The effort to educate young people about the dangers of alcohol and to encourage those who need help, to seek it, continues during Alcohol Awareness Month. Now in the second week of the annual event, it is vital that we take part in the national conversation about this most crucial topic.
The influence of alcohol on American society is immense. The mind-altering substance is the most heavily used and abused by far, compared to other drugs. More than 88,000 Americans die from alcohol-related causes each year. According to Facing Addiction with NCADD, alcohol addiction is the third leading lifestyle-related cause of death in the United States.
Advocating for the treatment and recovery from alcohol use disorder or AUD is of vital importance. Breaking the stigma of addiction and encouraging those who struggle to seek help saves lives. One in every 12 adults in America is living with untreated AUD or alcohol dependence. That statistic works out to be about 17.6 million people.
Opioid use and opioid use disorder are receiving a lot of attention of late, and for a good reason. However, there are significantly more people caught in the grips of alcohol addiction than opioid use disorder. More than 2.5 million Americans were abusing prescription opioids or heroin in 2016, according to the American Society of Addiction Medicine (ASAM).
While the number of people misusing opioids is alarming, as is the more than 70,000 overdose deaths in 2018, alcohol remains a more significant threat to society. Raising awareness about risky drinking patterns and AUD is critical. Alcohol-related problems are preventable through education; we can reduce alcohol-related death rates with treatment.
Alcohol Awareness Month 2019
“Help for Today, Hope for Tomorrow” is this year’s Alcohol Awareness Month theme. Facing Addiction with NCADD is sponsoring events to educate teens and young adults about the dangers of “binge drinking.” The National Institute on Alcohol Abuse and Alcoholism (NIAAA) defines binge drinking as typically occurring after four drinks for women and five drinks for men—in about 2 hours.
Individuals who engage in risky drinking practices significantly increase their risk of experiencing health problems. The National Council on Alcoholism and Drug Dependence (NCADD) reports that 66.6 million people from age 12 to 17 report binge drinking. Young binge drinkers are more likely to develop dependence and alcohol use disorder. The NIAAA reports that about 20 percent of college students meet the criteria for an AUD.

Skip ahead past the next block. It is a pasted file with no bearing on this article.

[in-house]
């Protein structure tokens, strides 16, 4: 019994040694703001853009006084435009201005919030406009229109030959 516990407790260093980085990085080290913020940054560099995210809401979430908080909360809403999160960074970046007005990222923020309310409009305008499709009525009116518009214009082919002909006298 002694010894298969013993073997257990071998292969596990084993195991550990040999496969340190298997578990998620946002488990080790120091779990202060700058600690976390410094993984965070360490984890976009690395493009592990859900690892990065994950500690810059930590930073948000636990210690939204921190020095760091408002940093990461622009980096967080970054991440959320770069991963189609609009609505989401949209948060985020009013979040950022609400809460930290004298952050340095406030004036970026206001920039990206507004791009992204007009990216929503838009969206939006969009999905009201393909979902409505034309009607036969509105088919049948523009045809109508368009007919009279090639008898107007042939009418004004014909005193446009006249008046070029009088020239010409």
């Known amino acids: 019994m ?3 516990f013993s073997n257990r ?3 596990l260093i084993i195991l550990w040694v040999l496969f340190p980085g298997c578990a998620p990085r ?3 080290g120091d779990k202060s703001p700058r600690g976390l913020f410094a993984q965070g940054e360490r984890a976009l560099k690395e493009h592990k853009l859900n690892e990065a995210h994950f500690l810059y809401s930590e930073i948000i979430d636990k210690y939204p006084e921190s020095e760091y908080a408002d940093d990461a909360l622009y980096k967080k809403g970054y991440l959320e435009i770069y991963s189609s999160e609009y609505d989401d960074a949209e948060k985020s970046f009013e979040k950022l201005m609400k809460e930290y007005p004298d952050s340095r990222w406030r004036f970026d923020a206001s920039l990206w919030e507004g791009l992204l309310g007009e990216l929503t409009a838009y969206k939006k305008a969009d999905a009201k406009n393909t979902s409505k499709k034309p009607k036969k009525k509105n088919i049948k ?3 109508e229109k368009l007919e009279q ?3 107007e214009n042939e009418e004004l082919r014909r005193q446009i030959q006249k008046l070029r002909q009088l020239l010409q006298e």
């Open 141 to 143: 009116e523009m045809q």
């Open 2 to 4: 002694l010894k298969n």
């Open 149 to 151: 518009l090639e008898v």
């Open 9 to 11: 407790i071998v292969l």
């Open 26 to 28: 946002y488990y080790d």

Young drinkers also increase their risk of severe health problems later in life. The number of health conditions that scientists associate with alcohol use is startling to consider. Such disorders include liver diseases, gastrointestinal problems, cardiovascular issues, and many forms of cancer. Moreover, it doesn’t take a lifetime of drinking to develop health issues relating to alcohol use.
The more people know about alcohol use, the better; when men and women have the facts, then they can take action to prevent problems. Alcohol use and use disorder in America is a crisis that does not receive enough attention. Alcohol Awareness Month aims to change the current reality, by educating people – young and old – about the treatment and prevention of alcohol addiction.
Southern California Alcohol Use Disorder Treatment
If you or someone you love is struggling with alcohol use, please know that help is available. Recovery is an achievable goal for all who are willing to seek help. One of the essential statistics Facing Addiction is disseminating is as many as 20 million individuals and family members are living lives in recovery from alcohol use.
At Pacific Shores Recovery, we offer detox, residential and outpatient treatment, transitional housing, and sober living for men and women. Our skilled addiction professionals assist people in their healing journey of recovery. Please contact us today to learn more about our services.